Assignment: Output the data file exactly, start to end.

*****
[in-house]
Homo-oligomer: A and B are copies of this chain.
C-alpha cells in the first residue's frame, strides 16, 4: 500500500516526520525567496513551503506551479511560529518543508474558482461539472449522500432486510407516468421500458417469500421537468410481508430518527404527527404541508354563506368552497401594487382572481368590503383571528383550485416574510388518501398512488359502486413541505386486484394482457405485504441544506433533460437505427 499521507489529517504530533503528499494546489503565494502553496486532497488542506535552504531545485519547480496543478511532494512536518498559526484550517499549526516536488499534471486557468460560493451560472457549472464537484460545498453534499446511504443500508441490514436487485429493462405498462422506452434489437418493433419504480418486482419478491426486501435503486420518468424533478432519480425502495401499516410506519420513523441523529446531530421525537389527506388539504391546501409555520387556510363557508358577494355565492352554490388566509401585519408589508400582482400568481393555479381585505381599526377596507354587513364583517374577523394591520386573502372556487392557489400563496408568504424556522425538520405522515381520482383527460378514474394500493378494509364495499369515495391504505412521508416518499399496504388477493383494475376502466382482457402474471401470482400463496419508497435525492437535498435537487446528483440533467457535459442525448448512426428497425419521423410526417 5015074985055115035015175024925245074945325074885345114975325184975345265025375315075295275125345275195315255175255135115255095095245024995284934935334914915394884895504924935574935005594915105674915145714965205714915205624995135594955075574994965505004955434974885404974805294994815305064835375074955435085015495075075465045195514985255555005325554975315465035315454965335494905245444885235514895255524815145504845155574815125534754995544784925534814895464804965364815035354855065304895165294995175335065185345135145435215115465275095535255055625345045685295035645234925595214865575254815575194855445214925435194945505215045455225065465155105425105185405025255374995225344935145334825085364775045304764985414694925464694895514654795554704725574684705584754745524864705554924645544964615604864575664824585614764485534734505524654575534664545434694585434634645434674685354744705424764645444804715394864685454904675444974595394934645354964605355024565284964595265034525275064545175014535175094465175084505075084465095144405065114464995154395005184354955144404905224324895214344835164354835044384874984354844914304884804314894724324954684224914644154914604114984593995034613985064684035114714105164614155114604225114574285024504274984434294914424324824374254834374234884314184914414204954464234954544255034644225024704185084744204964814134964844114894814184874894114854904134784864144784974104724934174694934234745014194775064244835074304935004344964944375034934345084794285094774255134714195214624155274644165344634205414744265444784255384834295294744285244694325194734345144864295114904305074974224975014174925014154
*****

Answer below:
[in-house]
Homo-oligomer: A and B are copies of this chain.
C-alpha cells in the first residue's frame, strides 16, 4: 500500500516526520525567496513551503506551479511560529518543508474558482461539472449522500432486510407516468421500458417469500421537468410481508430518527404527527404541508354563506368552497401594487382572481368590503383571528383550485416574510388518501398512488359502486413541505386486484394482457405485504441544506433533460437505427 499521507489529517504530533503528499494546489503565494502553496486532497488542506535552504531545485519547480496543478511532494512536518498559526484550517499549526516536488499534471486557468460560493451560472457549472464537484460545498453534499446511504443500508441490514436487485429493462405498462422506452434489437418493433419504480418486482419478491426486501435503486420518468424533478432519480425502495401499516410506519420513523441523529446531530421525537389527506388539504391546501409555520387556510363557508358577494355565492352554490388566509401585519408589508400582482400568481393555479381585505381599526377596507354587513364583517374577523394591520386573502372556487392557489400563496408568504424556522425538520405522515381520482383527460378514474394500493378494509364495499369515495391504505412521508416518499399496504388477493383494475376502466382482457402474471401470482400463496419508497435525492437535498435537487446528483440533467457535459442525448448512426428497425419521423410526417 5015074985055115035015175024925245074945325074885345114975325184975345265025375315075295275125345275195315255175255135115255095095245024995284934935334914915394884895504924935574935005594915105674915145714965205714915205624995135594955075574994965505004955434974885404974805294994815305064835375074955435085015495075075465045195514985255555005325554975315465035315454965335494905245444885235514895255524815145504845155574815125534754995544784925534814895464804965364815035354855065304895165294995175335065185345135145435215115465275095535255055625345045685295035645234925595214865575254815575194855445214925435194945505215045455225065465155105425105185405025255374995225344935145334825085364775045304764985414694925464694895514654795554704725574684705584754745524864705554924645544964615604864575664824585614764485534734505524654575534664545434694585434634645434674685354744705424764645444804715394864685454904675444974595394934645354964605355024565284964595265034525275064545175014535175094465175084505075084465095144405065114464995154395005184354955144404905224324895214344835164354835044384874984354844914304884804314894724324954684224914644154914604114984593995034613985064684035114714105164614155114604225114574285024504274984434294914424324824374254834374234884314184914414204954464234954544255034644225024704185084744204964814134964844114894814184874894114854904134784864144784974104724934174694934234745014194775064244835074304935004344964944375034934345084794285094774255134714195214624155274644165344634205414744265444784255384834295294744285244694325194734345144864295114904305074974224975014174925014154